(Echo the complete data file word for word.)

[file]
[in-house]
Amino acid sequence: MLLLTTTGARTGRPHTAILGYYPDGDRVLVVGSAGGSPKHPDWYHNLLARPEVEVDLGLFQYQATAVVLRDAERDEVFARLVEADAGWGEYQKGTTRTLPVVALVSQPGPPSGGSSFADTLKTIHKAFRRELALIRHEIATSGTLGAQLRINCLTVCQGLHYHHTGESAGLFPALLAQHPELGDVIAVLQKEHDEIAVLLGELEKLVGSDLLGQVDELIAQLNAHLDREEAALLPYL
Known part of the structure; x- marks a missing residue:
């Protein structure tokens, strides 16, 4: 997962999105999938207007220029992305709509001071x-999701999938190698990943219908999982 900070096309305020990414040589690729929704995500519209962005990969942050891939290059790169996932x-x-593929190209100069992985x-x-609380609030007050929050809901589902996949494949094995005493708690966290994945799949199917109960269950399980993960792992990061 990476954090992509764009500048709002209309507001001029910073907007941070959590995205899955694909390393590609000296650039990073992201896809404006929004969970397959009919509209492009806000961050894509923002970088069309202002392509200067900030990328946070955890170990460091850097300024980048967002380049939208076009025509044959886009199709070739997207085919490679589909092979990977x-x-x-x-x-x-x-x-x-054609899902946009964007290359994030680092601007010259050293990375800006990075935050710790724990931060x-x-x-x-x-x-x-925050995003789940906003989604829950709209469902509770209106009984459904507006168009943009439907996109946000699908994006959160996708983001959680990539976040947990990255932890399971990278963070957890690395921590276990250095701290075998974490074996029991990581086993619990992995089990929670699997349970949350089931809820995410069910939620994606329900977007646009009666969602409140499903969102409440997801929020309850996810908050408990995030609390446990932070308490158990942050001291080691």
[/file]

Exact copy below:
[in-house]
Amino acid sequence: MLLLTTTGARTGRPHTAILGYYPDGDRVLVVGSAGGSPKHPDWYHNLLARPEVEVDLGLFQYQATAVVLRDAERDEVFARLVEADAGWGEYQKGTTRTLPVVALVSQPGPPSGGSSFADTLKTIHKAFRRELALIRHEIATSGTLGAQLRINCLTVCQGLHYHHTGESAGLFPALLAQHPELGDVIAVLQKEHDEIAVLLGELEKLVGSDLLGQVDELIAQLNAHLDREEAALLPYL
Known part of the structure; x- marks a missing residue:
């Protein structure tokens, strides 16, 4: 997962999105999938207007220029992305709509001071x-999701999938190698990943219908999982 900070096309305020990414040589690729929704995500519209962005990969942050891939290059790169996932x-x-593929190209100069992985x-x-609380609030007050929050809901589902996949494949094995005493708690966290994945799949199917109960269950399980993960792992990061 990476954090992509764009500048709002209309507001001029910073907007941070959590995205899955694909390393590609000296650039990073992201896809404006929004969970397959009919509209492009806000961050894509923002970088069309202002392509200067900030990328946070955890170990460091850097300024980048967002380049939208076009025509044959886009199709070739997207085919490679589909092979990977x-x-x-x-x-x-x-x-x-054609899902946009964007290359994030680092601007010259050293990375800006990075935050710790724990931060x-x-x-x-x-x-x-925050995003789940906003989604829950709209469902509770209106009984459904507006168009943009439907996109946000699908994006959160996708983001959680990539976040947990990255932890399971990278963070957890690395921590276990250095701290075998974490074996029991990581086993619990992995089990929670699997349970949350089931809820995410069910939620994606329900977007646009009666969602409140499903969102409440997801929020309850996810908050408990995030609390446990932070308490158990942050001291080691």